It is one of the unhappier jobs of a doctor to tell a patient she is a victim of false hope. But somebody has to do it, and guide her back to reality and any genuine hope for treatment.
We have read of the Brisbane woman who flew to India to receive injections of “embryonic stem cells” into her spinal injury.
To any medically trained person, this story carries the highest suspicion of fraud. Nowhere in the world has an embryonic stem cell ever been injected into a human, for the very serious reason that they cause tumours when injected into animals. Yet some obscure Indian doctor, whose work is not only inherently absurd - claiming to treat Alzheimer’s, which is the very litmus test of stem cell absurdity - and which breaks the cardinal rule of medical research - that experimental treatment must be judged by medical peers before being used on humans - is treated with seriousness by our media.
If only the media could show judgment in what they get excited about. Yes, the first published trial last year using adult stem cells in human spinal injury does show early benefit and gives ground for cautious excitement, but that is with adult stem cells, which are safely used, according to the journal Nature Biotechnology, in some 80 human conditions. Embryonic stem cells remain both dangerous and unusable in humans.
As it stands, the injured woman has shown only the well-known benefits that come to desperate patients given an expensive placebo, at a stage in the injury when some spontaneous improvement might yet be expected.
As a lecturer in the palliation of advanced disease, I understand how desperate some patients can be for “miracle cures”. They will grasp at anything.
And MPs considering the question of embryo research and cloning have to deal with the same desperate hope from patients.
The cloning lobby knows that its most effective approach is to send patient advocates to MPs to say: “If you don’t vote for cloning, you are keeping my little Johnny in a wheelchair longer.” Yet exactly the opposite is true: any MP who diverts money into the dead-end science of cloning and away from the “galloping horse” of adult stem cell science (as Griffith University Professor Peter Silburn put it to the Senate committee) is quite likely to be delaying the one genuine hope such a child has.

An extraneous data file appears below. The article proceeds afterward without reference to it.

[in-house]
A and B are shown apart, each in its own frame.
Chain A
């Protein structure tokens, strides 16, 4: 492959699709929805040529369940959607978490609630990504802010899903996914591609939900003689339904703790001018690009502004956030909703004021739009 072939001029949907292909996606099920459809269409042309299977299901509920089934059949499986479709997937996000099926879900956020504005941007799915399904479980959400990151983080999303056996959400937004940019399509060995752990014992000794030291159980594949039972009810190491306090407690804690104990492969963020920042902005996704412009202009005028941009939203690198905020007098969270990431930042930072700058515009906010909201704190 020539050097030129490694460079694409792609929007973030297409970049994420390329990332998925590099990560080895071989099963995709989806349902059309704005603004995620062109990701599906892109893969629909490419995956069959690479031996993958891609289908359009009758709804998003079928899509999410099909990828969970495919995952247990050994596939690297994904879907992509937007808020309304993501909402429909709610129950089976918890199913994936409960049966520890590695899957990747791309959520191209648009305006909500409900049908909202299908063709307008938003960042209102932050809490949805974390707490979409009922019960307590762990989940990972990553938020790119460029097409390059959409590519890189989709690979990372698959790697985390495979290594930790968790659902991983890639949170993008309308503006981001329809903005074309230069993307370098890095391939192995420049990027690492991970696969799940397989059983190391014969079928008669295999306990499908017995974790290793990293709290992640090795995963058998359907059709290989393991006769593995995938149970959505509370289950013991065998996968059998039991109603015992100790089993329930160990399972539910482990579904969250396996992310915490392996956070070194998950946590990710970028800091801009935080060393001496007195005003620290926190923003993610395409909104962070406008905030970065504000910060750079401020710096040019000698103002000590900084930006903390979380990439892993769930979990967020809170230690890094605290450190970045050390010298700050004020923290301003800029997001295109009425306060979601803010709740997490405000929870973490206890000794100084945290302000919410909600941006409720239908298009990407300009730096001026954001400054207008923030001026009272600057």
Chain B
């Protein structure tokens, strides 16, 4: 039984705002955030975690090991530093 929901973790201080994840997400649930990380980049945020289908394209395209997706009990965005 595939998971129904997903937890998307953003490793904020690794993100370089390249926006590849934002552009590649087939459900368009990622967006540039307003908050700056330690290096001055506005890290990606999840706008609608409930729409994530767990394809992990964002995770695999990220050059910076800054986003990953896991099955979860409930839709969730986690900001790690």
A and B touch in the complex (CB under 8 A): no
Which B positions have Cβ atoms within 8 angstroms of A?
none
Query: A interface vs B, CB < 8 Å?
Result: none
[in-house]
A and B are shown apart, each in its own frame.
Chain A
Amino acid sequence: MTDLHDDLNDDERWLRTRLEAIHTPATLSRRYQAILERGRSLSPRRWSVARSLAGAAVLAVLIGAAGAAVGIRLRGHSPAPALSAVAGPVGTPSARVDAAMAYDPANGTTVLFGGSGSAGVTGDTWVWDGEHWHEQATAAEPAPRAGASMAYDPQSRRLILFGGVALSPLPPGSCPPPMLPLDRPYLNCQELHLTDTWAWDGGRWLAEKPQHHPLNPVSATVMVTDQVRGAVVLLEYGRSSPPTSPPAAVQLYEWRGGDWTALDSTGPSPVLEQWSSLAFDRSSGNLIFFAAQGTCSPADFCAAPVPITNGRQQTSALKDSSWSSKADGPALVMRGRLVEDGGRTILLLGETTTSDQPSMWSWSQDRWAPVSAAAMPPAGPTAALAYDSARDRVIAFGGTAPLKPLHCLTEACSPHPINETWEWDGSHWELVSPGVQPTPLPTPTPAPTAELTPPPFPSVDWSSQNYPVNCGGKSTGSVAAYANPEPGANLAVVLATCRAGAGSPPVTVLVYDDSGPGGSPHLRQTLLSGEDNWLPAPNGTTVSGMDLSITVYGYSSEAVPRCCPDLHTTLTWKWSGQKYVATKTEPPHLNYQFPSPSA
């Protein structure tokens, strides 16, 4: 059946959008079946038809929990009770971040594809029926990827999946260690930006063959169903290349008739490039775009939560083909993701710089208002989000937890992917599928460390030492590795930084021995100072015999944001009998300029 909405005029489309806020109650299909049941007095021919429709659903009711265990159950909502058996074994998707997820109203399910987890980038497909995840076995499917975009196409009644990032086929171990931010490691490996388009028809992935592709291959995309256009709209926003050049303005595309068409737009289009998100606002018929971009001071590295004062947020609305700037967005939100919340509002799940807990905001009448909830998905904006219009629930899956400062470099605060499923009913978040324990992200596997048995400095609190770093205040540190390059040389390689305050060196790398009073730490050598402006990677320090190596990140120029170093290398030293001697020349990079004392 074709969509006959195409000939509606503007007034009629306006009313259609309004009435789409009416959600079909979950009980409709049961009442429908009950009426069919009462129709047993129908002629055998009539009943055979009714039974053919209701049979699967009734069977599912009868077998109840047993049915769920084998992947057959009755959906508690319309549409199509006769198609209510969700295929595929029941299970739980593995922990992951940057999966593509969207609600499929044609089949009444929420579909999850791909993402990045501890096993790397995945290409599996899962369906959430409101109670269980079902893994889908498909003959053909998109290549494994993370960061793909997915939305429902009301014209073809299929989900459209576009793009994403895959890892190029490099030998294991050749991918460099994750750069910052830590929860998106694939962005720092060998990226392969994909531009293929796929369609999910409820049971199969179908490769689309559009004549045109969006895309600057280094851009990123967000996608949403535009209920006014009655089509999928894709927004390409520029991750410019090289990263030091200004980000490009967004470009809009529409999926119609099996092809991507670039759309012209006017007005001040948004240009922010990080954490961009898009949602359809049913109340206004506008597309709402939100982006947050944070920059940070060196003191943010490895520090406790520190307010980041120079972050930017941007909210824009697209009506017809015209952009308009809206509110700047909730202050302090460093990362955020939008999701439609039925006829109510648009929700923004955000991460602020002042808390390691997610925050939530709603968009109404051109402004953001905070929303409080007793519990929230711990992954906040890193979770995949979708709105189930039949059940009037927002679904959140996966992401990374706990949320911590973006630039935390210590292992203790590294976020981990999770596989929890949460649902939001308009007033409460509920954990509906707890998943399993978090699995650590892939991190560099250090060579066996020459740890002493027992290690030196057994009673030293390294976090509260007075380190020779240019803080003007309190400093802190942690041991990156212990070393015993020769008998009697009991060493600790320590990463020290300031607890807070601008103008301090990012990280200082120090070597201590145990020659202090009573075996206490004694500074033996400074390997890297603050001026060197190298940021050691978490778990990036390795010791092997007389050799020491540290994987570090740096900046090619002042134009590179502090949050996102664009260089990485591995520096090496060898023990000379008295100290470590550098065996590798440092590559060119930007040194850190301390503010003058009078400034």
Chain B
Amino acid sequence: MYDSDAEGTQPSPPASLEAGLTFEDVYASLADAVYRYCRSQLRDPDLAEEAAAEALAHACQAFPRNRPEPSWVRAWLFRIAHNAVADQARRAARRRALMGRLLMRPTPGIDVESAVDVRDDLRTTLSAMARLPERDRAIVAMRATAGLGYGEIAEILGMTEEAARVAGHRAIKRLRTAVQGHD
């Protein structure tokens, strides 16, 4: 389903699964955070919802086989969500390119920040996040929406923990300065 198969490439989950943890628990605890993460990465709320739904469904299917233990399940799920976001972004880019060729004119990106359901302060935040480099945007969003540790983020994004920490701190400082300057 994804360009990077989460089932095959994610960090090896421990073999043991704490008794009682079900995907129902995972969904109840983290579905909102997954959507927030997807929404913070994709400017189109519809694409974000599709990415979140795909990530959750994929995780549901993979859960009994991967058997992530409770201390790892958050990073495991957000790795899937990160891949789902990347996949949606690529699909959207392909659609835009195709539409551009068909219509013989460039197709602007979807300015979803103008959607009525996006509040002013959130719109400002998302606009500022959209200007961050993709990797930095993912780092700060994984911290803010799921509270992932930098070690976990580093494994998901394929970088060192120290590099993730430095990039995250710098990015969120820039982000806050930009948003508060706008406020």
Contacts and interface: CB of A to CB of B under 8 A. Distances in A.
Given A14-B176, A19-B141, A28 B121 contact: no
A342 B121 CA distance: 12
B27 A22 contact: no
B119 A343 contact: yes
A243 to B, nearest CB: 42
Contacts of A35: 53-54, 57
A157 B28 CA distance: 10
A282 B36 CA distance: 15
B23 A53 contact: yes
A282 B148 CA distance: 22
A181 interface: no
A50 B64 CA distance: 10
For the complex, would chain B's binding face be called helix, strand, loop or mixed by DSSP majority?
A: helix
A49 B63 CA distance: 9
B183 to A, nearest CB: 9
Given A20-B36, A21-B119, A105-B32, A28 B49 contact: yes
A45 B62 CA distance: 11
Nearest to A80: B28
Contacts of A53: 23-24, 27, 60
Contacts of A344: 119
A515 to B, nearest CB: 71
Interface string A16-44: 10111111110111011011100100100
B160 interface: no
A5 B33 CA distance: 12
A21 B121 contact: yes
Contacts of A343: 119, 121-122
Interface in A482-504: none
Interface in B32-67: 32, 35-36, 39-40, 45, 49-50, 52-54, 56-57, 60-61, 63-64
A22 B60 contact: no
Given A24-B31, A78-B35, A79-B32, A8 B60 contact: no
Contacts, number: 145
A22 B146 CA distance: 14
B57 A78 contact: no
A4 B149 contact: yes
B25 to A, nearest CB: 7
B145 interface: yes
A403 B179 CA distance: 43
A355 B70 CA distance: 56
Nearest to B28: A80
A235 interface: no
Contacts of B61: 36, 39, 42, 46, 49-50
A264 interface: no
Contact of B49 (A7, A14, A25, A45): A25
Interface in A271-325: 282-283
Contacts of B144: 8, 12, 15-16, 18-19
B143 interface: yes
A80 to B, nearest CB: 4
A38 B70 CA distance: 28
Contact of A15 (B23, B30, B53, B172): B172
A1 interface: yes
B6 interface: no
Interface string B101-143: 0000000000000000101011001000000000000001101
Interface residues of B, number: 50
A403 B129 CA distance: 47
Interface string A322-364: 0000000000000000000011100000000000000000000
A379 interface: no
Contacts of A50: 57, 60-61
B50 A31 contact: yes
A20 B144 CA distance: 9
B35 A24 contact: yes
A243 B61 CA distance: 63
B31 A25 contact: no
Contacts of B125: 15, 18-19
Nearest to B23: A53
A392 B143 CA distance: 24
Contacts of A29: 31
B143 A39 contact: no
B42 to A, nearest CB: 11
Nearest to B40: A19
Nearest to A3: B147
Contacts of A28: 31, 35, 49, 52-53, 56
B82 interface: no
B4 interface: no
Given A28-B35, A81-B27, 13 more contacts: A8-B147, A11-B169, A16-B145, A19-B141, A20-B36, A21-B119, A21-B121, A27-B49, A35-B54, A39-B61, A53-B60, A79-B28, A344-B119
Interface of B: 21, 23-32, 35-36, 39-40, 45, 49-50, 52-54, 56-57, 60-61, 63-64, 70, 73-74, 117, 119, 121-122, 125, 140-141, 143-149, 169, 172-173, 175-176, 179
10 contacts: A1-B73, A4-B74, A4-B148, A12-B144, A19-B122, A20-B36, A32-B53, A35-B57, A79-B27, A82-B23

The Federal debate showed how vulnerable some of our MPs are to the emotional blackmail of “don’t stand in the way of a cure”.
One after another, they stood with hand on heart and told the Parliament that people had a right to hope, and that they “could not block the hope of a cure”. Their credulity was touching and pitiful - any disease suffered by any relative became reason enough for them to vote for embryo cloning. Like superstitious peasants they believed the witchdoctors who held out hope of miracle cures. And now, in the midst of the debate, we have this Indian embryonic illusion being given a dream run in the media.
By contrast, listen to the serious scientific judgment of leading Australian stem cell researcher, Professor Alan Mackay-Sim, who told the Senate inquiry (see CA68) (PDF 715KB): “The purpose for using therapeutic cloning can be achieved with adult stem cells.”
Cloning for stem cells is unnecessary. We are getting the great benefits of stem cell research, both for treatment and research, with ethical adult stem cell science.
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